Writing an undergraduate thesis not only presents students with an opportunity to push the bounds of their analytic abilities and hone skills attractive to employers, but also the potential to make a significant, real-world impact within a field that is meaningful to them.

Writing & Defending—You Can Do This

After a thirty-minute presentation, followed by a thirty-minute Q&A, I left the small room where I had defended my thesis and let out a sigh of relief as my committee deliberated. When I returned to the room, I heard the ten most magical words of my college career:

“Congratulations! You will graduate, and you will pass with distinction.” 

Getting to this moment wasn’t simple, but it was worth it. Students who choose to dive deeply into an undergraduate thesis will be rewarded with a uniquely fantastic feeling of accomplishment post-defense. It’s hard work, but you can do this!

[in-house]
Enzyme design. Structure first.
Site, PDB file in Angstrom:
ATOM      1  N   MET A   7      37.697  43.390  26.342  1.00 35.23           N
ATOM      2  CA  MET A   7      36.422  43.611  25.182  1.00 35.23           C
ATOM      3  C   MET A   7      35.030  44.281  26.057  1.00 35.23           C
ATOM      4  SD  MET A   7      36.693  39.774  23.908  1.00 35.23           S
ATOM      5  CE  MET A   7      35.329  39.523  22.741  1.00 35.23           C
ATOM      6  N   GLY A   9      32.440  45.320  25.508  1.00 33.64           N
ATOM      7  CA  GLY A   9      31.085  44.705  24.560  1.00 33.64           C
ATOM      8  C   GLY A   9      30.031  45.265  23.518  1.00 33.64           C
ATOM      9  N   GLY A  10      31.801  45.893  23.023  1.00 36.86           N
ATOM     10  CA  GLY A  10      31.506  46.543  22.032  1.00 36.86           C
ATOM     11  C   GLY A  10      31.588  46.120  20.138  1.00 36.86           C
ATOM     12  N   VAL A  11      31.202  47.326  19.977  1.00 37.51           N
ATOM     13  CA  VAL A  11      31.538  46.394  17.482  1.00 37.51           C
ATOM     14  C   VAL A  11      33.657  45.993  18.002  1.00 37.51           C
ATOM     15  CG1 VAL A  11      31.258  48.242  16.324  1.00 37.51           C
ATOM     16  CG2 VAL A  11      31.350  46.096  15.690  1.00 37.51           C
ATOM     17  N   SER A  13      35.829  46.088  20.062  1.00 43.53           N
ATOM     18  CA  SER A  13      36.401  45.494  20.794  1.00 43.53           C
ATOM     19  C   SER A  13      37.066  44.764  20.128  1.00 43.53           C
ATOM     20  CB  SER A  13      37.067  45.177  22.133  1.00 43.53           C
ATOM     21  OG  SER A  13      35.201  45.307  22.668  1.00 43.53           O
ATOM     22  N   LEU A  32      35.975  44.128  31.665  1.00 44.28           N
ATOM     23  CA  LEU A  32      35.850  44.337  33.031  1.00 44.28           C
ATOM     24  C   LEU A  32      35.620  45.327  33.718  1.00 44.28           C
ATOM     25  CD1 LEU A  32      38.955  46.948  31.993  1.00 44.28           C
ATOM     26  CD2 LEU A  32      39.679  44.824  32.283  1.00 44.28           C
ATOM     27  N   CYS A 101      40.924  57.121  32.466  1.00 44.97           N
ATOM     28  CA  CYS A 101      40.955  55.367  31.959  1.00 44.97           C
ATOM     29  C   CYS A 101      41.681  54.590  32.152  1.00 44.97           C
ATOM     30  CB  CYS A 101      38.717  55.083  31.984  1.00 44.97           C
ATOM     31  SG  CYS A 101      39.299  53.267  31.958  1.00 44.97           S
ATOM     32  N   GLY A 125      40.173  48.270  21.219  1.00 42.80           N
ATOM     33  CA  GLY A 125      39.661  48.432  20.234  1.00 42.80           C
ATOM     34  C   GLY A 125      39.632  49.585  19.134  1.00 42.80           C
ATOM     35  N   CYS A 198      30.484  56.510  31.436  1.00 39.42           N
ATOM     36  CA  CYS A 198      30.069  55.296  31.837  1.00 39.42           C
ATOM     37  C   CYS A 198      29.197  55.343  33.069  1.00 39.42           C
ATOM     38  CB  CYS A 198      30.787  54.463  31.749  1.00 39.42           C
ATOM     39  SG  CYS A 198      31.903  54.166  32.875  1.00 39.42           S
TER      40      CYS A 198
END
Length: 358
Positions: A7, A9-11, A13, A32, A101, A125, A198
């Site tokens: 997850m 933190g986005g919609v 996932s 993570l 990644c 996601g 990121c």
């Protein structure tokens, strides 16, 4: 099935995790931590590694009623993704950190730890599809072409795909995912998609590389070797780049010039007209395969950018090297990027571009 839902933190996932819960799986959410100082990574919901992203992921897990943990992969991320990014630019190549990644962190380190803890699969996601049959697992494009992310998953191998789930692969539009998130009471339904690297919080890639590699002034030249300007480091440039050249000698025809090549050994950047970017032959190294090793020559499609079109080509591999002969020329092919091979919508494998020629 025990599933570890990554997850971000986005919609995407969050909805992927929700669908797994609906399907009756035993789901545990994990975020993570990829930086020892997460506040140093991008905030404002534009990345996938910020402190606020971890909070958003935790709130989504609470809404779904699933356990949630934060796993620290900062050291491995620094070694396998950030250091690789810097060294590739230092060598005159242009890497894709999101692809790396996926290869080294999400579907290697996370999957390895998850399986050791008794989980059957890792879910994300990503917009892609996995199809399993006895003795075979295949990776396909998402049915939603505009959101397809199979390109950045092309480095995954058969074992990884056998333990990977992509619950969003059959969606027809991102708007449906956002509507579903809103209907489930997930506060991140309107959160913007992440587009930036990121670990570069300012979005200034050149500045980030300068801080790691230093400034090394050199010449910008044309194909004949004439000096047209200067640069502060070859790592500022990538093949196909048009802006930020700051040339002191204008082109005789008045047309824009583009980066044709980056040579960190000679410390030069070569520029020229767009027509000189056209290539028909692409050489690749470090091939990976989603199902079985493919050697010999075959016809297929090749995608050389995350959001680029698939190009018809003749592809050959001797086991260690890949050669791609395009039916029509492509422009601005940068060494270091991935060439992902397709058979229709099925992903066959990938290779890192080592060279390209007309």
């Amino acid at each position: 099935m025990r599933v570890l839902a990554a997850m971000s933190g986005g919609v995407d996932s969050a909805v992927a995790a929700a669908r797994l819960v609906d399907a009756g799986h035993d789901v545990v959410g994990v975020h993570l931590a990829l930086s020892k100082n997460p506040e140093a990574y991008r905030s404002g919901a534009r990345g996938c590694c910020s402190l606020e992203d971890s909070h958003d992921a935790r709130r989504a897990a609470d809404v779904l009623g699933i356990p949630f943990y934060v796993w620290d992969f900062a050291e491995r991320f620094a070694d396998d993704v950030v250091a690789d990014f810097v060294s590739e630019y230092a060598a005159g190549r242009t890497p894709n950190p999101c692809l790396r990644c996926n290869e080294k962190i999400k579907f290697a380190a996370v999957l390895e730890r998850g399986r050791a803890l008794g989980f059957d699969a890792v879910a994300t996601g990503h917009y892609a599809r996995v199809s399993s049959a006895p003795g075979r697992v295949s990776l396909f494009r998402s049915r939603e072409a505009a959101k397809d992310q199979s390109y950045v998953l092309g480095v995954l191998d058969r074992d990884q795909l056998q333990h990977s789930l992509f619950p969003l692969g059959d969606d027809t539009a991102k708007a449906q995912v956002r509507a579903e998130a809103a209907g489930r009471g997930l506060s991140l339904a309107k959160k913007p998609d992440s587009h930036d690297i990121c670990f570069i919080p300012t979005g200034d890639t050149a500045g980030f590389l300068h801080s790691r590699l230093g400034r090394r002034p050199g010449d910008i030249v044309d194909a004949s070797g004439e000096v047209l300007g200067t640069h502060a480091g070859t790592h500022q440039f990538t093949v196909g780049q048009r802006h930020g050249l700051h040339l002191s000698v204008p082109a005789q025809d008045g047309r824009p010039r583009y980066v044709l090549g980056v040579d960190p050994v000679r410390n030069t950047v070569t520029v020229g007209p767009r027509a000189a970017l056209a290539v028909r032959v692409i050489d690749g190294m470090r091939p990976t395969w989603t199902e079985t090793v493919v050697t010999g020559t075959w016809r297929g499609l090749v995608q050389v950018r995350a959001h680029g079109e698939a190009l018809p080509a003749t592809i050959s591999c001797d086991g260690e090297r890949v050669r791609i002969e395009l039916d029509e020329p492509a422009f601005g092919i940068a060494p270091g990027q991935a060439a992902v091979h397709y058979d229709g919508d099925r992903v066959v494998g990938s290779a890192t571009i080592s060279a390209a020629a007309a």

Some of my advice for the process of writing and defending a thesis are:

Honors College Thesis
  1. Start early. I took my thesis prospectus class (a course which prepares students for thesis writing) and began speaking with my primary thesis advisor spring quarter of my junior year. This allowed me to go into summer break with a topic chosen, able to do preliminary research. It also meant I could spend my senior year focused on the main research and writing phase, rather than in planning.

  2. Pick a topic that moves you. This is your chance to get very close to a subject, and potentially start a lifelong romance. What subject is meaningful to you? Leverage that. Throughout college, I became increasingly interested in homelessness issues. I eventually wrote my thesis on the Homelessness Prevention and Rapid Re-housing Program (HPRP), a stimulus program administered by the U.S. Department of Housing and Urban Development (HUD). Choosing this topic taught me an extraordinary amount of new information about homelessness and solidified my want to find a related career.